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Types of Budding in Bacteria
There are various types of budding that occur in bacteria, some of them are classified as
1. Budding for Multiplication
This a type of budding where the bacteria reproduce through the budding process. As the name suggests this process leads to an increase in the cell number. The progeny formed can remain attached to the parent cell or can travel to another site. This is one of the most common types of budding found in nature. An example of it includes, budding in Pasteuria strains.
2. Budding for Hyphal Branching
In this type of budding cytoplasmic extrusions such as hyphae and filaments are formed. The examples of it include Pelodietyon or hyphal extensions, such as in Hyphomicrobium, Rhodomicrobium and, Pedomicrobium
3. Budding for Spore Formation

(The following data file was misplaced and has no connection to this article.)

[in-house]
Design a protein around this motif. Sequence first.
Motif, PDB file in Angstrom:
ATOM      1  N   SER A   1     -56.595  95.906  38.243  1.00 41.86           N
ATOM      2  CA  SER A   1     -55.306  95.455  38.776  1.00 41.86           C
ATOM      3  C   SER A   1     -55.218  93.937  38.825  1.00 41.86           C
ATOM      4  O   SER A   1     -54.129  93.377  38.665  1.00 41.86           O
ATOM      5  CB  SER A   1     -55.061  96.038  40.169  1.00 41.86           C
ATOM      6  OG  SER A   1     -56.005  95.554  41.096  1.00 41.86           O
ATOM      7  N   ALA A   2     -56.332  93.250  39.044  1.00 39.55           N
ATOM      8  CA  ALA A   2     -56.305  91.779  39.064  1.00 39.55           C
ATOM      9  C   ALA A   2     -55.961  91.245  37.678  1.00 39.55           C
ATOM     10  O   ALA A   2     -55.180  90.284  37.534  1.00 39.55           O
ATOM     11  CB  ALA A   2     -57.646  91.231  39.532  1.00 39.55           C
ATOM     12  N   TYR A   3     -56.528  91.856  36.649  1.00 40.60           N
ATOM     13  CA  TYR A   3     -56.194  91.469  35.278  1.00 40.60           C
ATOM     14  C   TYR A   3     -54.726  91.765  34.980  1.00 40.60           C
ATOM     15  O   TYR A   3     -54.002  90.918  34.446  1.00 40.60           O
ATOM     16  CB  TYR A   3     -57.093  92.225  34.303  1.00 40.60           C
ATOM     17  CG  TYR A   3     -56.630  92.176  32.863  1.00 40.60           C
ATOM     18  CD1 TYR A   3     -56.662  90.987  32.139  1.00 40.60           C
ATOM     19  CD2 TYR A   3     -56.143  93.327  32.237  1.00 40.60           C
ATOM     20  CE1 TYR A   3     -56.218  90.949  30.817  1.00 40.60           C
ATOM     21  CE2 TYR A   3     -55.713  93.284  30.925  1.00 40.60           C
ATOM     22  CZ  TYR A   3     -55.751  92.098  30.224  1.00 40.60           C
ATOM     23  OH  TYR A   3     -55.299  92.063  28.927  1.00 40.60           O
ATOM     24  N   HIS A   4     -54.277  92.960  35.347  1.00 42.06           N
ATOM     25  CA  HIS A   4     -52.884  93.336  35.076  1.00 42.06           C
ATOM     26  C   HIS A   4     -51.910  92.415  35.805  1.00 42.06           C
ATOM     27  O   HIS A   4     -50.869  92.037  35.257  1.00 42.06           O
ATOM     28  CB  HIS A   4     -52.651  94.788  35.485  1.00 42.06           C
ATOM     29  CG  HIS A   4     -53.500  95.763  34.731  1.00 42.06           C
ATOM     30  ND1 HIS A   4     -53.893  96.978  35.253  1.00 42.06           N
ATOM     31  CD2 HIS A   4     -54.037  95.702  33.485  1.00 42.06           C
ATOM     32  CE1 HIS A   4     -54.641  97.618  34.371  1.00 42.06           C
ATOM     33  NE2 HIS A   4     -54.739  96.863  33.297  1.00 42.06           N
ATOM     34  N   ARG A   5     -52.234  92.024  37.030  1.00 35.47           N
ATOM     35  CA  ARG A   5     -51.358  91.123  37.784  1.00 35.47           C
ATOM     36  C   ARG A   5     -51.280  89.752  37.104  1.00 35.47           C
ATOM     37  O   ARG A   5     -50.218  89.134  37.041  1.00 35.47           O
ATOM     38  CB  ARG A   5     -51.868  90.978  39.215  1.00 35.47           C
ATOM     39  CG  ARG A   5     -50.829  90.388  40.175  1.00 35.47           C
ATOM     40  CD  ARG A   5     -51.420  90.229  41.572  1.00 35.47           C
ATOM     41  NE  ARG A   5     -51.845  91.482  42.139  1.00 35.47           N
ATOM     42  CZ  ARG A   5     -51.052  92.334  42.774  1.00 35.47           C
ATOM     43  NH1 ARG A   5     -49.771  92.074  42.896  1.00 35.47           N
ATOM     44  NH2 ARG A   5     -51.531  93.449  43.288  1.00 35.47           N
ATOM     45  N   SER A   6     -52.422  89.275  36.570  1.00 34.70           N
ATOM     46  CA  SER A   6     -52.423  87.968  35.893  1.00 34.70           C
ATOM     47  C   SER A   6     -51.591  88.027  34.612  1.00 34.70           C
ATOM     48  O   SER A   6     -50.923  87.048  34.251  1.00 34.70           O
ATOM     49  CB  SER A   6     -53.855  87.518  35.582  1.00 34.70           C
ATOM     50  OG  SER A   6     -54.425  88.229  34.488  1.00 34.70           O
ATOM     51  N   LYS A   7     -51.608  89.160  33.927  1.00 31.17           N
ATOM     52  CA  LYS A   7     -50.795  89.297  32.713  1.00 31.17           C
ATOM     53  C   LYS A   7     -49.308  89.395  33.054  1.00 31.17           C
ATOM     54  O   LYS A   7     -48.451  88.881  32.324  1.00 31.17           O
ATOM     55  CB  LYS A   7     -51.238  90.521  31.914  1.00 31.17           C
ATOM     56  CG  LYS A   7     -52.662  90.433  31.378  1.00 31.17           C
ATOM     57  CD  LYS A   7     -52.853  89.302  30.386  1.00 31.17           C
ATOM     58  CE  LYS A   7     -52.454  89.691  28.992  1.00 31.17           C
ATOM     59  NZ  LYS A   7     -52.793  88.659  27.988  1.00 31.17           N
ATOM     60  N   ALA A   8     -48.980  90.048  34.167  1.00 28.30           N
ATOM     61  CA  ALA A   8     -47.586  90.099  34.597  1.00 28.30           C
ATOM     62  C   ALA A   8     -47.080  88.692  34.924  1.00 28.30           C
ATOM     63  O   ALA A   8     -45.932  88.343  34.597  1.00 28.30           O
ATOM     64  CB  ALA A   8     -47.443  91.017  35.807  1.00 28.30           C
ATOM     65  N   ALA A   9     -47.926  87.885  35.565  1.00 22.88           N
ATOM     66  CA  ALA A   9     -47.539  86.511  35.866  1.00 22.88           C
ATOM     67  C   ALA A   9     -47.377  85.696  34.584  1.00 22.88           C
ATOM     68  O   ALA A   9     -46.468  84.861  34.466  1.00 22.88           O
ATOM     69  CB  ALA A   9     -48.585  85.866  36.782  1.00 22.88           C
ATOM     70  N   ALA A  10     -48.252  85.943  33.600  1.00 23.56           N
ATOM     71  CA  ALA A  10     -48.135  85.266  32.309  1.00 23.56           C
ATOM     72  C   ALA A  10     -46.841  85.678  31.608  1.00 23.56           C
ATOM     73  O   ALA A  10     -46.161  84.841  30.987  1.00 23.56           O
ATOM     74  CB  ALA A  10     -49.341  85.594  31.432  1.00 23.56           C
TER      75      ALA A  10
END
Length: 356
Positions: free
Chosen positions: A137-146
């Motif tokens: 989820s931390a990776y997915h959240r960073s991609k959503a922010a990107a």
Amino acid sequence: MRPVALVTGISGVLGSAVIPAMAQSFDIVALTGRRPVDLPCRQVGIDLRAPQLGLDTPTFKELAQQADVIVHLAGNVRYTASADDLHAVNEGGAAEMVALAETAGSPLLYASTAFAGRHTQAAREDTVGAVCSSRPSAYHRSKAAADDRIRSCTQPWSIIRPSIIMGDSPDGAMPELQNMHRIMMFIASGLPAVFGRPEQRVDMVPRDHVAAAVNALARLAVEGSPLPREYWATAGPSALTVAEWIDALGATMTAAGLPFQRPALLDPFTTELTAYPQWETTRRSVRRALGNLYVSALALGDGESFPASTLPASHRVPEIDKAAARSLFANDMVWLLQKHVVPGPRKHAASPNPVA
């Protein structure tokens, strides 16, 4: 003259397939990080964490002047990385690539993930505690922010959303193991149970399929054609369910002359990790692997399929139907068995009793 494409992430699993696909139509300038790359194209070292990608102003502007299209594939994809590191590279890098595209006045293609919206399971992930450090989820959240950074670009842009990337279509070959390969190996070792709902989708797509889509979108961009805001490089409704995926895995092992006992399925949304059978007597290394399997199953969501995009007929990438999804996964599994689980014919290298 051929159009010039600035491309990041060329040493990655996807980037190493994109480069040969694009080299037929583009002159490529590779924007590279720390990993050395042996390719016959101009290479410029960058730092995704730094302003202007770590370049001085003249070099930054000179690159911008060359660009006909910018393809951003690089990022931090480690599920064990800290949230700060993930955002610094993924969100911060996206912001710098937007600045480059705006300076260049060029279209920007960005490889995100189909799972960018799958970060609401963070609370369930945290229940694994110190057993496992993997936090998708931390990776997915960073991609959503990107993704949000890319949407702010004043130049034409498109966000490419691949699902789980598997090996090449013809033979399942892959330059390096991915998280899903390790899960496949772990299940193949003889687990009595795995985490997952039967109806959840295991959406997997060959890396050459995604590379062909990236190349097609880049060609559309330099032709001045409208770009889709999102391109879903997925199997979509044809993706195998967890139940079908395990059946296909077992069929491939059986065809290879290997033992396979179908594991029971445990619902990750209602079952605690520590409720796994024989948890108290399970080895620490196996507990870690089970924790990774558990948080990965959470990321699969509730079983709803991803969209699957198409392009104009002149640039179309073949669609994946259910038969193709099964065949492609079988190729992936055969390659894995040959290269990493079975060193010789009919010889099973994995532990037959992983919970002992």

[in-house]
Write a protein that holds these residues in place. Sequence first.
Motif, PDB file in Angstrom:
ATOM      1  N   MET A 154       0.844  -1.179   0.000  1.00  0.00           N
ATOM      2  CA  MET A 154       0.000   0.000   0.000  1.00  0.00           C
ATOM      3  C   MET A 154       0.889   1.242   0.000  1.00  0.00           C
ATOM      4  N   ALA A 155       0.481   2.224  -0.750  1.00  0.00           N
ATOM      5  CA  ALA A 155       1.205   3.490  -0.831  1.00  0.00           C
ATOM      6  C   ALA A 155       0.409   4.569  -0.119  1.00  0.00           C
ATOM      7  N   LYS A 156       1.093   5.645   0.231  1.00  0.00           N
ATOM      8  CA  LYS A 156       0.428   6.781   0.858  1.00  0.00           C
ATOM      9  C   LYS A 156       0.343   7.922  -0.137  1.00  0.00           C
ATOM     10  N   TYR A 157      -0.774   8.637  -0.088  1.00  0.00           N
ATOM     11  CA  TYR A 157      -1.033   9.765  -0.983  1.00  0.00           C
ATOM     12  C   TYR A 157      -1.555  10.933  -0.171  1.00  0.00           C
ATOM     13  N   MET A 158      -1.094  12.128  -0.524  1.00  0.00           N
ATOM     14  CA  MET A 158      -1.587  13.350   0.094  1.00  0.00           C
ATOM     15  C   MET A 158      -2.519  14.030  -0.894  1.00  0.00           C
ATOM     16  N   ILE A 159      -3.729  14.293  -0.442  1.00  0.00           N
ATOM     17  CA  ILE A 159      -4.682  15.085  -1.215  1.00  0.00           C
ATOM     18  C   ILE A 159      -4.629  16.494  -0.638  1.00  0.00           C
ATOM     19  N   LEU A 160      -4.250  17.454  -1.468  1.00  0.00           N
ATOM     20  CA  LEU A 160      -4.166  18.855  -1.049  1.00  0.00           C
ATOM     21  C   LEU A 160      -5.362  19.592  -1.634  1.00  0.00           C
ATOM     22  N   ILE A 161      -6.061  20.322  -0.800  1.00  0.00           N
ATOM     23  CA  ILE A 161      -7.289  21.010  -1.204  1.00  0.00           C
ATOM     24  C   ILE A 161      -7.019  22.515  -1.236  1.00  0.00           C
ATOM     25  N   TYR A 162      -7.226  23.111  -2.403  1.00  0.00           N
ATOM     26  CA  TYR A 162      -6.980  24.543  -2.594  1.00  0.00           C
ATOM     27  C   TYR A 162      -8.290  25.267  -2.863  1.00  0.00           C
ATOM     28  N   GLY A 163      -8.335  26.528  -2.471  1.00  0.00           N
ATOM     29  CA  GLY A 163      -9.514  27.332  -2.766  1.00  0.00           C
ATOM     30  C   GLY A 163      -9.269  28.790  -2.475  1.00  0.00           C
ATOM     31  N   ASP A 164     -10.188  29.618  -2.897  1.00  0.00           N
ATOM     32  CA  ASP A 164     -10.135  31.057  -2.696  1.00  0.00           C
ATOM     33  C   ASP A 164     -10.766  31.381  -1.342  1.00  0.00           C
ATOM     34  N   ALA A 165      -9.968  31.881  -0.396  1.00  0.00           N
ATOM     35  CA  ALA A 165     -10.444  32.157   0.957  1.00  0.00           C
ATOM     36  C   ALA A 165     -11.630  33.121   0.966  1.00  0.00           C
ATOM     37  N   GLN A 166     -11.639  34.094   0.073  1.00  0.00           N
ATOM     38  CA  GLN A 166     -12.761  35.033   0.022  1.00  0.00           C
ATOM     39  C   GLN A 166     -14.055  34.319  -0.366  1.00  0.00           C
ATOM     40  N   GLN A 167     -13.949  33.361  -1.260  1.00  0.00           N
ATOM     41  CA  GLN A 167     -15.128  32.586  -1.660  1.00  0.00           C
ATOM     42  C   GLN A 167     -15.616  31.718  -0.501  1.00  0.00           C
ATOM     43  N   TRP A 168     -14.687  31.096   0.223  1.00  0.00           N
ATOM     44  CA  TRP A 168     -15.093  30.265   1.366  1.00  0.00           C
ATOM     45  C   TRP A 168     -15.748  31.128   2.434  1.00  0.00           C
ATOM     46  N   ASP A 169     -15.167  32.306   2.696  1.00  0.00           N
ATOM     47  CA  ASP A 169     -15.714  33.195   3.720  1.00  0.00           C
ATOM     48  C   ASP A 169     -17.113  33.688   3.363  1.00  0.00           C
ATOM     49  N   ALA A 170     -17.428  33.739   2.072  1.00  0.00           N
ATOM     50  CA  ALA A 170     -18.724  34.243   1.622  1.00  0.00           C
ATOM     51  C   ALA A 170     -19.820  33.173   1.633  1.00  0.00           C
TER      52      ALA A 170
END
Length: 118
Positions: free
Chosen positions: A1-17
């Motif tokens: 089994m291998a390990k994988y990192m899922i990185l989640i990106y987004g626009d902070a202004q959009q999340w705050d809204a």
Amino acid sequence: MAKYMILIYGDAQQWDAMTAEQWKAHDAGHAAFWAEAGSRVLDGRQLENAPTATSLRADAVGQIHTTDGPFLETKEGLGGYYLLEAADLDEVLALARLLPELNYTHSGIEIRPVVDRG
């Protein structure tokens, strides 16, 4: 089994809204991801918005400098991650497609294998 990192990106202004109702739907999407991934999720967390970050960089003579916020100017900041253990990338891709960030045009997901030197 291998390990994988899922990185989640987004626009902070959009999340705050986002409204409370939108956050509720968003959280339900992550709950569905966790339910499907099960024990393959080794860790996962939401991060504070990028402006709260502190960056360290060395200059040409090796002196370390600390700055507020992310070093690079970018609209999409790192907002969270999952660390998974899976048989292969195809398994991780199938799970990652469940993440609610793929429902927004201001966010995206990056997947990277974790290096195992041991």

Spore formation is known as the process of sporulation. This process ensures the survival of a species even in a drastically harsh environment. This process that is sporulation is not an obligate process in the life cycle of an organism. It can be defined as the dormant stage which ensures the survival of the organism. These dormant structures can be called endospores, cysts or spores. Nutritional deprivation is one of the major causes that lead to spore formation, because of these conditions cells need to preserve their nutrition hence the cell spore is metabolically inactive. The spores germinate only in the presence of nutrition that is in the vegetative phase. The budding bacteria form a coat around a small part of the genome, which then surrounded by the thin spore membrane and thick cortex of peptidoglycan, the thick cortex forms the outermost layer, which provides the mechanical strength and protection. The examples of it include Micromonospora chalcea, Hyphomicrobium and, Dermatophilus dermatomes.